48. Here too it should be noted that most of the entrances were surrounded by explosive devices – some to be triggered by booby-traps and some to be triggered by Hamas observers watching from adjacent buildings. Also, Hamas placed great emphasis on camouflaging the openings of the tunnels. Therefore, finding a tunnel entrance was a slow dangerous process to avoid enemy fire, avoid booby-traps and recognize the camouflage. An Israeli unit could be inside a building on the same floor as the tunnel entrance, searching for it and still be surprised by a Hamas team ‘popping out’ of the floor or wall. An Israeli unit could be in the street and suddenly be attacked from behind by a Hamas team ‘popping up’ out of the ground or shooting at it from a building the Israelis had previously searched and thought they had cleared. In one incident in Shujayia, the entrance to a tunnel was discovered only 6 days after it had been used to attack an Israeli unit and therefore the building it was in had been searched a number of times.” 

“61.   Over the years the Israelis turned a blind eye to the activities in these tunnels except when they had explicit information on the transfer of a weapons shipment through a specific tunnel. During the war in the summer the Israelis completely ignored these tunnels. Egypt on the other hand, angered by Hamas’ assistance to the Salafist Jihadi terrorists attacking Egyptian civilians and soldiers, began searching for and shutting down the exits to the tunnels on its side of the border. Over the past year and a half, with complete and free access (this is Egyptian territory) the Egyptian forces located and destroyed more than 1,800 tunnels. This was done by house to house searches in the Egyptian town of Raffa where all the tunnels have active entrances – many of them very large and impossible to hide once the right building is entered. The search was conducted without need for combat as the house owners are mostly Egyptian civilians working for profit and have no motivation to fight. Some months ago the Egyptian authorities decided that the only solution is to evict the population and raze all the houses within 500 meters of the border with Gaza and then dig a deep ditch and fill it with sea-water. There have been more recent reports that before digging the ditch they intend to widen the depopulated zone to about 1,000 meters.”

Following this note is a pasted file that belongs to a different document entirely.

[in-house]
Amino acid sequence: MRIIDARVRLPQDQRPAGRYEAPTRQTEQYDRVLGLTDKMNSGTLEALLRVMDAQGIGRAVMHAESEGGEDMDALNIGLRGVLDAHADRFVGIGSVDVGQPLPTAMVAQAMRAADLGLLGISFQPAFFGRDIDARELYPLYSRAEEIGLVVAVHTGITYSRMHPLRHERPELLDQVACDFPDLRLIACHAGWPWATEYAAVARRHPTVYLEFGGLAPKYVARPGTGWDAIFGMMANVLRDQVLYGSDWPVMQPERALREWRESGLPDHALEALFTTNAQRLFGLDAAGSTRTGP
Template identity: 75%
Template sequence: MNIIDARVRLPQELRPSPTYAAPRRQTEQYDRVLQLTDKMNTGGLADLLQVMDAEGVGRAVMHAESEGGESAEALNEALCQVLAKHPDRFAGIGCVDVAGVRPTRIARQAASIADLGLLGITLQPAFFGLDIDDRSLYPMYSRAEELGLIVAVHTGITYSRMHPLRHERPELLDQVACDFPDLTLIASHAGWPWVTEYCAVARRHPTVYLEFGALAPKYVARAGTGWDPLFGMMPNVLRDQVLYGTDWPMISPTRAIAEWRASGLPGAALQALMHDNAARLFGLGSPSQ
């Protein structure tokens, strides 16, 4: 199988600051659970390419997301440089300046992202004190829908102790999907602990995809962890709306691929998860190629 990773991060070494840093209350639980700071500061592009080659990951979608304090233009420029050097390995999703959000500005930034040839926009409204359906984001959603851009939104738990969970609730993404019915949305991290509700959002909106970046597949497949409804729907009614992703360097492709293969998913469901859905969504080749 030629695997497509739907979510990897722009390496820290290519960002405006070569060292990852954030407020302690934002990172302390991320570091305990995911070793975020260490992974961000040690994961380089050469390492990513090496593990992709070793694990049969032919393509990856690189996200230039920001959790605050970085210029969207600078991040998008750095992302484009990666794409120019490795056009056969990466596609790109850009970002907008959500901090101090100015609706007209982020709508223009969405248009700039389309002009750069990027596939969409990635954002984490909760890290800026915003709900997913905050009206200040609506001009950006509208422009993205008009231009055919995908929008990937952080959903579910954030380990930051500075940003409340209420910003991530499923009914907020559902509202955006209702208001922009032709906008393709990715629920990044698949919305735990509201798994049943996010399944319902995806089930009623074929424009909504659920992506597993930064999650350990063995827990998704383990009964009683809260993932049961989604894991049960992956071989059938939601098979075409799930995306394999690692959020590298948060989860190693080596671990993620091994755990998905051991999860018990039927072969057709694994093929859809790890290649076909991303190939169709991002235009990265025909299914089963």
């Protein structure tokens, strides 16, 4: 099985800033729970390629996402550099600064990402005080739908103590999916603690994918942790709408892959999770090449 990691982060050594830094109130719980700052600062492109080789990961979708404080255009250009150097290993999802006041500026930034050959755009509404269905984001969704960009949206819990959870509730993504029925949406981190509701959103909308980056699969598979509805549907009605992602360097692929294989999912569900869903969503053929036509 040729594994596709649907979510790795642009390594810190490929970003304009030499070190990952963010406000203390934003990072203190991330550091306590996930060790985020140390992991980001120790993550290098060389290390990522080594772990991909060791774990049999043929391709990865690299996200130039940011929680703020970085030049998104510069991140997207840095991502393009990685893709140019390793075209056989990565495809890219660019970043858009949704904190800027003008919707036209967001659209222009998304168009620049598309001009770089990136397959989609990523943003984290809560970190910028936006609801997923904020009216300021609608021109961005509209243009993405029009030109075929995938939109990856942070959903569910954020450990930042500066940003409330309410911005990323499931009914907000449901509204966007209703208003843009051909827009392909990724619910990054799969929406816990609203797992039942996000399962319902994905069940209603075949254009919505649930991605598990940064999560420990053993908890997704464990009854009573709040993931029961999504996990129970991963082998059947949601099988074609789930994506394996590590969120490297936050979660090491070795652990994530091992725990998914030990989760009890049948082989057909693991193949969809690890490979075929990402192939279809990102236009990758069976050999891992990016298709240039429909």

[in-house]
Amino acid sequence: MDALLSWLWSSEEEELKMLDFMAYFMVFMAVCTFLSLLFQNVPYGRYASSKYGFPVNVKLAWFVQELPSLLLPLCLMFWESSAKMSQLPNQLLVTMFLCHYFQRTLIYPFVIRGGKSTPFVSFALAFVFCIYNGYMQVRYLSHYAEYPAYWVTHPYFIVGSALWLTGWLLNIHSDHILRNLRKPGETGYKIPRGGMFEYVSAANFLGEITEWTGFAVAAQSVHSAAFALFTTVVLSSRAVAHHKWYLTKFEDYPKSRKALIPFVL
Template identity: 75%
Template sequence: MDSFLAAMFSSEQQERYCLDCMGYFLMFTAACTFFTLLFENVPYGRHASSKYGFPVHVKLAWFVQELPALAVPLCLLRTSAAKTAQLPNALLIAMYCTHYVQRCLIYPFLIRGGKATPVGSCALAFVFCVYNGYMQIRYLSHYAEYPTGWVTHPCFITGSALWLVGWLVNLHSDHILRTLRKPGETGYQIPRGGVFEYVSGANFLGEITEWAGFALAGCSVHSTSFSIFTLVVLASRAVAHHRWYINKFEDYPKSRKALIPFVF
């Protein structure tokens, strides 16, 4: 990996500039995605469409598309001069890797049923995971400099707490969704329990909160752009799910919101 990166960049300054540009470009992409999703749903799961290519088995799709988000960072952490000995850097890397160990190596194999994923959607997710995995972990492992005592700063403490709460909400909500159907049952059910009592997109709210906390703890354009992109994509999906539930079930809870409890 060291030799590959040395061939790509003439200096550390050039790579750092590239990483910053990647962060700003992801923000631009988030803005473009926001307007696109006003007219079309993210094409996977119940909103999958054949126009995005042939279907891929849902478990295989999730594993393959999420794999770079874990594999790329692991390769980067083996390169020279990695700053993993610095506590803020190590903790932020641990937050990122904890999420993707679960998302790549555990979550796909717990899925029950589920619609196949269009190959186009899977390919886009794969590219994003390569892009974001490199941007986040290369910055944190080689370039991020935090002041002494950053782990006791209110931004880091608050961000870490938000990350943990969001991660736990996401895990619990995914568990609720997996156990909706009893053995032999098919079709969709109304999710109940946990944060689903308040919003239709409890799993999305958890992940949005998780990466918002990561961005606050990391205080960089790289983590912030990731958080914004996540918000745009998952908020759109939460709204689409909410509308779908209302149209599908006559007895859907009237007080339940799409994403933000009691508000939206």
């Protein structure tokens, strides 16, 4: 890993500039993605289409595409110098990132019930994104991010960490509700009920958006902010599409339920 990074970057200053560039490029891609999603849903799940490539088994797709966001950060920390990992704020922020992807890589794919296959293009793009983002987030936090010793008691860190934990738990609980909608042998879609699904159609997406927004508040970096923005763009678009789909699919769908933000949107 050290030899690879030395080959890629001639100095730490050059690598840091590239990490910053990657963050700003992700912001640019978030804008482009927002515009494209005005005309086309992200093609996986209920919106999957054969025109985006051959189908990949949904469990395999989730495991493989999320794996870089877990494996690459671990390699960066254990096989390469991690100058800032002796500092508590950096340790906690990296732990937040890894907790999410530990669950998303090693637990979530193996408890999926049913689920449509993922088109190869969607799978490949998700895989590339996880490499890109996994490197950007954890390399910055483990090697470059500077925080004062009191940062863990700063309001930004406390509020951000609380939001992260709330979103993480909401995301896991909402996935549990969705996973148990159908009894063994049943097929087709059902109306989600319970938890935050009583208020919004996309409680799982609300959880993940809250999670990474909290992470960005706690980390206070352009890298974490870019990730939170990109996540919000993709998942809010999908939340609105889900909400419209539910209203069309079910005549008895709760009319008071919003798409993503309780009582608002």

How does the IDF destroy the tunnels?

69. The manner of destruction depends on the type of tunnel and the result required. I will begin with the easy part – the non-cross border tunnels. 

Non-Cross-Border Tunnels